Jun 20 2008

Late-nesters get into the act

Cedar Waxwing (photo by Chuck Tague)

Cedar Waxwing (photo by Chuck Tague)

By the summer solstice (that's today) most birds in southwestern Pennsylvania have babies - or at least eggs.  Some are even incubating their second brood after fledging their first babies in May.

Not so with cedar waxwings.  Because they eat fruit, their nesting is timed to produce young when the fruit is ripe.  The fruit season is just beginning now so cedar waxwings are courting.

Yesterday in Schenley Park I heard a high-pitched "zeee zeee" as cedar waxwings flew to a nearby tree.  It was a pair and when they stopped to perch I saw they had a single berry that they passed back and forth to each other.

Feeding one's mate is a courtship ritual among many species.  (We humans have dinner dates.)   For cedar waxwings it's especially important because the female does all the incubation and her mate must feed her for the duration.  That's 12-13 days of carrying one berry at a time.    And despite the fact that they begin to nest in June, they usually produce two broods.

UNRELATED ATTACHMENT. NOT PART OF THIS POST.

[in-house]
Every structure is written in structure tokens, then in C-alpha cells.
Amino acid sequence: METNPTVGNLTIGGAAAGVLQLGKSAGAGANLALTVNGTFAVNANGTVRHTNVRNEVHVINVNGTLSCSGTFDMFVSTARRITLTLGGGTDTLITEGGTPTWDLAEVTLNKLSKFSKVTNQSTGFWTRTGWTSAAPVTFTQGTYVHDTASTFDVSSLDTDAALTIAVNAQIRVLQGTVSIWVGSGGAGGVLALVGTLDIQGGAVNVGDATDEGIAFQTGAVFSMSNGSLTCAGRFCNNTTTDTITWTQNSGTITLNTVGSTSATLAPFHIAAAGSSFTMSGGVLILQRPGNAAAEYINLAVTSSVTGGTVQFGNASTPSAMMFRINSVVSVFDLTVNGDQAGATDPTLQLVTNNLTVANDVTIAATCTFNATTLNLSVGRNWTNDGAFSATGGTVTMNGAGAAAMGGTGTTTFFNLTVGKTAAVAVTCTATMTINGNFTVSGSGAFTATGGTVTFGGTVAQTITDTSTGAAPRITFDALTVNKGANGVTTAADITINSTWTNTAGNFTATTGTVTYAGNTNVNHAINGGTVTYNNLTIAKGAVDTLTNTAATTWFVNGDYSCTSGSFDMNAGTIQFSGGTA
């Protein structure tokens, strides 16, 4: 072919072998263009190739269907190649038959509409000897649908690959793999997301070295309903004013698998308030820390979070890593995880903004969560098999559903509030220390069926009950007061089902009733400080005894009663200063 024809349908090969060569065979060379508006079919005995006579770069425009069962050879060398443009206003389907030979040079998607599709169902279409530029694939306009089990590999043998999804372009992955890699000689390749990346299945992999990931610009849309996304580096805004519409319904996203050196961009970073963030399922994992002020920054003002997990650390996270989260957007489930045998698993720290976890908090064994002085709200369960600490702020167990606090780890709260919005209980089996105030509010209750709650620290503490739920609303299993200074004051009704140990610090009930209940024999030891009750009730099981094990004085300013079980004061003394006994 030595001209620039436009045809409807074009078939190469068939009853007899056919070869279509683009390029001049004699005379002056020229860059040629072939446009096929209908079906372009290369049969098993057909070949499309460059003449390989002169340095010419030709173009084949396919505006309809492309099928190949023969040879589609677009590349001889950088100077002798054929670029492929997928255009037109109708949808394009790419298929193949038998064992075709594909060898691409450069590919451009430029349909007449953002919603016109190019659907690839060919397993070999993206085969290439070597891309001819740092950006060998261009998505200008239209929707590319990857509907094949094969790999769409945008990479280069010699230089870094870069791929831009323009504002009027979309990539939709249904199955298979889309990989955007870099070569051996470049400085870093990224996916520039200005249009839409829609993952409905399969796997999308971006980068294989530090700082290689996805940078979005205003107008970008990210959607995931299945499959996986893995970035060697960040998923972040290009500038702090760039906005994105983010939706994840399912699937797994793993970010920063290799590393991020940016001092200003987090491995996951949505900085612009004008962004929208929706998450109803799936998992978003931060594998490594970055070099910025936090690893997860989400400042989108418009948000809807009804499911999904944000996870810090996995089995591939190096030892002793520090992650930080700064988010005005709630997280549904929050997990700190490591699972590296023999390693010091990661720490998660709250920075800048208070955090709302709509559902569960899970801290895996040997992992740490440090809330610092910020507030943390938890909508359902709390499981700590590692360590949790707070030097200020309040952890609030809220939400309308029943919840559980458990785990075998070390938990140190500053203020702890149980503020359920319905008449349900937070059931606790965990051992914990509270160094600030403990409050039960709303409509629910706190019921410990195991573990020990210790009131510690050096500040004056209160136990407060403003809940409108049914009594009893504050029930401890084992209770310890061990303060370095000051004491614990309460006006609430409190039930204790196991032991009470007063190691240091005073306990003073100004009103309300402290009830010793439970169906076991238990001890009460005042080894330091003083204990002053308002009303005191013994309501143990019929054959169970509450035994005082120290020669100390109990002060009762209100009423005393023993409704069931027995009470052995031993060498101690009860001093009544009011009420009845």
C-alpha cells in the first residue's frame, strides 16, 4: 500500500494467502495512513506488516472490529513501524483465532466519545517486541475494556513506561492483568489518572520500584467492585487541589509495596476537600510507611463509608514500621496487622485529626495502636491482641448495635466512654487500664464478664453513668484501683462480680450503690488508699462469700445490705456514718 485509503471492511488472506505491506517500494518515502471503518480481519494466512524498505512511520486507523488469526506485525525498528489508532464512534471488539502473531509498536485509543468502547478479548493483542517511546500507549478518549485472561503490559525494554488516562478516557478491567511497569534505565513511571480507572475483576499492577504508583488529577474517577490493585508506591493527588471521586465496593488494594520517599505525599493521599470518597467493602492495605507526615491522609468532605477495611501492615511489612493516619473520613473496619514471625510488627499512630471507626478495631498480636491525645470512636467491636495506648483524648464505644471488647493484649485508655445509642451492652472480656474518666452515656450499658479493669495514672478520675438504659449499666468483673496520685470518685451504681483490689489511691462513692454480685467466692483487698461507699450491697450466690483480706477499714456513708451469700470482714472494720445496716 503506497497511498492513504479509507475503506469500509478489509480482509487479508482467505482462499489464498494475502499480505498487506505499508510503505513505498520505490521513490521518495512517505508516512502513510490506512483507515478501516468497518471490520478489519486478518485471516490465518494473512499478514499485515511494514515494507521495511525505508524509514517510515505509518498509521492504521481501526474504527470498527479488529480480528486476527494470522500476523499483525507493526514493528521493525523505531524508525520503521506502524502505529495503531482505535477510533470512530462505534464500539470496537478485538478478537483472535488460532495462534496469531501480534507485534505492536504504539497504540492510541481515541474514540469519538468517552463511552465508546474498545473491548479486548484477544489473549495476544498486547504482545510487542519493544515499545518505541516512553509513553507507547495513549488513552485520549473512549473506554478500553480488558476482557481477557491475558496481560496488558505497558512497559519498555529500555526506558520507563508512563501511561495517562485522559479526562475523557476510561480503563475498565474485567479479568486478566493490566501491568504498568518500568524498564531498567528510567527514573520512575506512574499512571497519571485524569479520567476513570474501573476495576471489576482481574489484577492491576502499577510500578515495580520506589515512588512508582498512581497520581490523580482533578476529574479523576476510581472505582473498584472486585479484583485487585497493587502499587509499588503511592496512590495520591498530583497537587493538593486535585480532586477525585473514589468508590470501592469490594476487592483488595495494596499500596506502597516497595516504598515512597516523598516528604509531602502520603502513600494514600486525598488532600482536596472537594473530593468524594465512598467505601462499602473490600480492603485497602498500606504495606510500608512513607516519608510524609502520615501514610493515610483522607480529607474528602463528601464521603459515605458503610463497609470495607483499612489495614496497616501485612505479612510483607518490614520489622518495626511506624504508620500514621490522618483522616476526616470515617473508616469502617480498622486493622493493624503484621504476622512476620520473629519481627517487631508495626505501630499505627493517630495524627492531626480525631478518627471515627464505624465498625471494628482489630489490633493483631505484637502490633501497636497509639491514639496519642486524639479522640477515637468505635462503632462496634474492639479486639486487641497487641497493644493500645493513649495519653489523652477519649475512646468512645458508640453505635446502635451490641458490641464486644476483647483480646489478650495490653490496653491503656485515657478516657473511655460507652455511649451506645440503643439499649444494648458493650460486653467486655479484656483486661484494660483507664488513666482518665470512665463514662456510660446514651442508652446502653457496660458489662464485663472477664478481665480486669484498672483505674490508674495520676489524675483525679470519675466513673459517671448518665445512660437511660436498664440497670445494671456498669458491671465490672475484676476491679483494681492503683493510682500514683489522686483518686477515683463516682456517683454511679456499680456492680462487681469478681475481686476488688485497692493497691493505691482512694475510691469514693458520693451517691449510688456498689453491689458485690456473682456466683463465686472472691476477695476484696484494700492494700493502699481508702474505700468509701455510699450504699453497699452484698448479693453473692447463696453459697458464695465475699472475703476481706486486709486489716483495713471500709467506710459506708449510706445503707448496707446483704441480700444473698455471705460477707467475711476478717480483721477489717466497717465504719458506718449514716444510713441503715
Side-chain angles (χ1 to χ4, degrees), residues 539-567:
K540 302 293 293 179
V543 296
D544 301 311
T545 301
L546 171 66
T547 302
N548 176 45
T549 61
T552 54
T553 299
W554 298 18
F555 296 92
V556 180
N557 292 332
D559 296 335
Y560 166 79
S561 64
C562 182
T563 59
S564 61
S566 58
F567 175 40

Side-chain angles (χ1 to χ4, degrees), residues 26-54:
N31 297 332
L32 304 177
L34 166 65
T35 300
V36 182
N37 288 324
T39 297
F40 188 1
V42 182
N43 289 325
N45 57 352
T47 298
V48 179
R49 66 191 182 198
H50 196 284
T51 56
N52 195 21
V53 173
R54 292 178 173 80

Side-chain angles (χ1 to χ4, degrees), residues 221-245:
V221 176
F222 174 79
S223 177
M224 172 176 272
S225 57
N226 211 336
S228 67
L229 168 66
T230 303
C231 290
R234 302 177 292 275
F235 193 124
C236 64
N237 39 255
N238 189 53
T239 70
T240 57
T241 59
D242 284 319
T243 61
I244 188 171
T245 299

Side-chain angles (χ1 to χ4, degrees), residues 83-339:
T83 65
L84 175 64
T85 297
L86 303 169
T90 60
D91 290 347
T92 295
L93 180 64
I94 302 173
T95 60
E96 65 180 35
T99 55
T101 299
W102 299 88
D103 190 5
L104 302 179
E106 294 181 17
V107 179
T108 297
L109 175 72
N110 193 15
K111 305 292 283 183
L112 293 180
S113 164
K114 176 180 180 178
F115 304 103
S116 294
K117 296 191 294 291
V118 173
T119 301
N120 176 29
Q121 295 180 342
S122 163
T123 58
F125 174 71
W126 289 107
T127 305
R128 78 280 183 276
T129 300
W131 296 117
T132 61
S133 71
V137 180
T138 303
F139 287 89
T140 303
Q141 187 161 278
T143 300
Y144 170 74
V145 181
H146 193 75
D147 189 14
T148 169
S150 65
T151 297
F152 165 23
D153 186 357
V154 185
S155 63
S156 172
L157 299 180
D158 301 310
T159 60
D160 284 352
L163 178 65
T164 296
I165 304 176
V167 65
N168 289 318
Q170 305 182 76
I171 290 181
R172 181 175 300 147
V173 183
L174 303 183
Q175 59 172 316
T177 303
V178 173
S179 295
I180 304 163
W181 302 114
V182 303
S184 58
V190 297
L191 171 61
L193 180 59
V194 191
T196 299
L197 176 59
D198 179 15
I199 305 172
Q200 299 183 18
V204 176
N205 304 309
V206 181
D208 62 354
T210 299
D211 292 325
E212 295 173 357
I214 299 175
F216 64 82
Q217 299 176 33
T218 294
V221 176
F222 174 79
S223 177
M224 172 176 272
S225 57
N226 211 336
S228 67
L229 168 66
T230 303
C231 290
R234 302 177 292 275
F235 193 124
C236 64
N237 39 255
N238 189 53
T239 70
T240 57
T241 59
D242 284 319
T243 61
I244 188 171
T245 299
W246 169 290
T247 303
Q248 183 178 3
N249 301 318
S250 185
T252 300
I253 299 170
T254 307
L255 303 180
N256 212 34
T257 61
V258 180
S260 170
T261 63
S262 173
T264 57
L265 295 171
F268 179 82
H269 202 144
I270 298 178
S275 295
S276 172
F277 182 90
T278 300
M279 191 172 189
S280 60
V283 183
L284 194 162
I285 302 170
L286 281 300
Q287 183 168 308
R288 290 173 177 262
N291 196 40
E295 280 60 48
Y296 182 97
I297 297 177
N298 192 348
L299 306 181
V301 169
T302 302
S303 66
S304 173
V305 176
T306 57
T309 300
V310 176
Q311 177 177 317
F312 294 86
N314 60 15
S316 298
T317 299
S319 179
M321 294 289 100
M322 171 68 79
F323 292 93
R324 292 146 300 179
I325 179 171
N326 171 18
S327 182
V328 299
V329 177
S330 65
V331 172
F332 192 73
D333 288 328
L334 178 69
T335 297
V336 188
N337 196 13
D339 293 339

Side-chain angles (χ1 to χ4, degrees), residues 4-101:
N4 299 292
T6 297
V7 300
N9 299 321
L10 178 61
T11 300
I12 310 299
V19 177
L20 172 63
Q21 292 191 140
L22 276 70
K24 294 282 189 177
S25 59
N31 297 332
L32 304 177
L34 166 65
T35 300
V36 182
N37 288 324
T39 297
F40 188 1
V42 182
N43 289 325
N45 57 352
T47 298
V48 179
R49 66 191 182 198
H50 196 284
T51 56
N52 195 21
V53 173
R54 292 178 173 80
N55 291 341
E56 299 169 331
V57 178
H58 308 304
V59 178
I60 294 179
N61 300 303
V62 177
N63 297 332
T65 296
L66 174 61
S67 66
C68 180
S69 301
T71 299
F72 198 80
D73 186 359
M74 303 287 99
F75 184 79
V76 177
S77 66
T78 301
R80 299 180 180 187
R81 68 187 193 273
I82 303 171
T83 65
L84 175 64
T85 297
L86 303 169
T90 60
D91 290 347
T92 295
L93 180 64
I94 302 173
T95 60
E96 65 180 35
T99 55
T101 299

Eventually one of the waxwings swallowed the berry and the two took off together.  What a sweet courtship ritual.  Happy family!

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